Dancer Jean Thatcher (Irene Ware) is speeding through the stormy night in her car when suddenly a detour sign looms out of the darkness, startling her and sending her vehicle off the nearest cliff. She is seriously injured and as she lies in hospital, her father, Judge Thatcher (Samuel S. Hinds) implores the doctors to do something. One of them realises that the only person who can help now is Dr Richard Vollin (Bela Lugosi), a brilliant surgeon and scientist, but at this moment he is negotiating with a museum representative to sell his collection of Edgar Allan Poe memorabilia and refuses to save Jean. However, he is persuaded to change his mind - with unexpected results...
When The Black Cat was a success for Universal, another Poe themed horror was rustled up to cash in, and like its predecessor, the film had not much to do with the work that inspired it. Unusually for a team up between Lugosi and Boris Karloff, it's Lugosi who is the star of the show here, with Karloff playing second fiddle for once; in fact he doesn't show up until the hour long film is nearly a third of the way over. Scripted by David Boehm, the film is a traditional mad scientist movie not unlike the same year's Mad Love, and just as outrageous, with Lugosi splendidly over the top and Karloff attempting to go for sympathy.
When Jean is restored to health, Vollin falls for her in a big way, inviting her over for a pipe organ recital (doesn't everyone have a pipe organ in their living room?) and at the moment he takes her by the shoulders and prepares to announce his true feelings, she reveals she is about to be married to another doctor, Jerry Holden (Lester Matthews). We're supposed to believe this news sends Vollin over the edge of sanity into florid madness, but considering what we discover later on it looks as if he's been a little touched for some while.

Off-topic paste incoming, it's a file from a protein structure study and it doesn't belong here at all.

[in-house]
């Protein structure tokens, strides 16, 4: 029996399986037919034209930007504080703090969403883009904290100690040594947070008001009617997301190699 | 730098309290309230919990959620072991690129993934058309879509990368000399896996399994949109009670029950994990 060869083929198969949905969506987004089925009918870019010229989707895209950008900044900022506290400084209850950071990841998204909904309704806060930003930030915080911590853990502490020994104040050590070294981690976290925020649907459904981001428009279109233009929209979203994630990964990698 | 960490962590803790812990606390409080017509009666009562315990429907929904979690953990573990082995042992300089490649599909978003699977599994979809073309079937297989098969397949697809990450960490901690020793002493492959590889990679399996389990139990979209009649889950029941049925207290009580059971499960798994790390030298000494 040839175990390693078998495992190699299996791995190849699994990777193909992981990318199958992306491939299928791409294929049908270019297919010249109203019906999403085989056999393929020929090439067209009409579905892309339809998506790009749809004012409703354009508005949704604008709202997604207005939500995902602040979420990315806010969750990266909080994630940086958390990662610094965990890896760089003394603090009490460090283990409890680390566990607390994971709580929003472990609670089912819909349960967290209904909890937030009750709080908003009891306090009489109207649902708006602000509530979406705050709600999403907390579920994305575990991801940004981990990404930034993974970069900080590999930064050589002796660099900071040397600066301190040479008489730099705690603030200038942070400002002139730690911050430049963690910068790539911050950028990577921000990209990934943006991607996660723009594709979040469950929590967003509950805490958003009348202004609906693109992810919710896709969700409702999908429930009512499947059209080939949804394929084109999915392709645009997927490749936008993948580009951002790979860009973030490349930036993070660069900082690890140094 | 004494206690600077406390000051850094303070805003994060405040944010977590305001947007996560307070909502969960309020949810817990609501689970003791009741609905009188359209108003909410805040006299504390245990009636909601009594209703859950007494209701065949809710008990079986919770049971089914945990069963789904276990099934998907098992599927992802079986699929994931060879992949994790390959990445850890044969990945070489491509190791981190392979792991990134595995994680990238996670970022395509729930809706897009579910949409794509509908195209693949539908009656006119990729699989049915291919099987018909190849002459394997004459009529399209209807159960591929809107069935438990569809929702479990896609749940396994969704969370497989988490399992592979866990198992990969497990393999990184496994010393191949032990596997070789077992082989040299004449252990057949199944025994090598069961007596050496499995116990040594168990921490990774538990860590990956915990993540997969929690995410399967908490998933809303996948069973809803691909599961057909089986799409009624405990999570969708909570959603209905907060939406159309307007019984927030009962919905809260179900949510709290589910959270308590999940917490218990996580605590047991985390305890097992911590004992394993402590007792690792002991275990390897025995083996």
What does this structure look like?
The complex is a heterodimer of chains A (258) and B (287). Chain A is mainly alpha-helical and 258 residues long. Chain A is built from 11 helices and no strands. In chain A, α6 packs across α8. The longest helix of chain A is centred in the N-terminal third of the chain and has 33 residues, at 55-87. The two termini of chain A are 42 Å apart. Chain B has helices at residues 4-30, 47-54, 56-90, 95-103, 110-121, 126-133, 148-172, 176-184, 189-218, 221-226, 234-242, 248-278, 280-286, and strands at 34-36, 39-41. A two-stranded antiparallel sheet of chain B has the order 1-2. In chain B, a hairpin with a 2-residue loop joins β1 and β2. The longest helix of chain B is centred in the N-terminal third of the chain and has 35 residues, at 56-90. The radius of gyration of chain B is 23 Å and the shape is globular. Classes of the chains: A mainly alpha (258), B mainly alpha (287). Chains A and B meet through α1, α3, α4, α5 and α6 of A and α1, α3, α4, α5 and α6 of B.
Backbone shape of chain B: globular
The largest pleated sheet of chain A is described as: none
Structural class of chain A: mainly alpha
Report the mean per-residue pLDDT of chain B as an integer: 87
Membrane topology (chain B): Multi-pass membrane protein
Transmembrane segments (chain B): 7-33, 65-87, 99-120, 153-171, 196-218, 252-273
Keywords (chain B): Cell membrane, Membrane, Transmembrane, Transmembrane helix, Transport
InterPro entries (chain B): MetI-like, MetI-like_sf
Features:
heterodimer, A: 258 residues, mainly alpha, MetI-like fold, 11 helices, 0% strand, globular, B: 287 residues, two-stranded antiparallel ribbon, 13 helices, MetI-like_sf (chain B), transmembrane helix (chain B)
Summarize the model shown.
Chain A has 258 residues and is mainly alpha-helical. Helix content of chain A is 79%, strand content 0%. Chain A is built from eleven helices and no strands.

As if to taunt the Poe-obsessed doctor, Jean invites him to see her dance on stage in a tribute to the great author, and here Judge Thatcher notices that Vollin has an unhealthy attatchment to his daughter. The plot begins to take shape when Karloff arrives at Vollin's door, playing Edmond Bateman, a vicious criminal on the run who goes to the doctor hoping for plastic surgery to change his appearance and aid his disappearance. Vollin agrees, but uses him to illustrate his theory that an ugly countenance breeds hatred in the soul, and, in a great sequence, reveals his handywork to Bateman with a wall of mirrors - he has been hideously disfigured to resemble Two-Face from the soon to be published Batman comics.
After roaring with laughter at Bateman's reaction - he shoots every mirror in the room - Vollin has blackmail on his side when he persuades the criminal to be his butler (his old butler's response is unrecorded). He then invites Jean, Jerry and the Judge over for the night along with a few friends and you'd expect Vollin's idea of entertainment to be an evening of poetry readings, but what actually occurs is a night of playing with a horse racing gambling game. His friends seem to be rather flighty, too. Anyway, it's not long before a Pit and the Pendulum set up is revealed in Vollin's torture dungeon basement, and he adopts an "if I can't have her, nobody will!" attitude towards Jean. The gleeful sadism of Lugosi's performance is immensely enjoyable, but the film is awfully difficult to take seriously, which may well be part of its appeal. Music by Clifford Vaughan.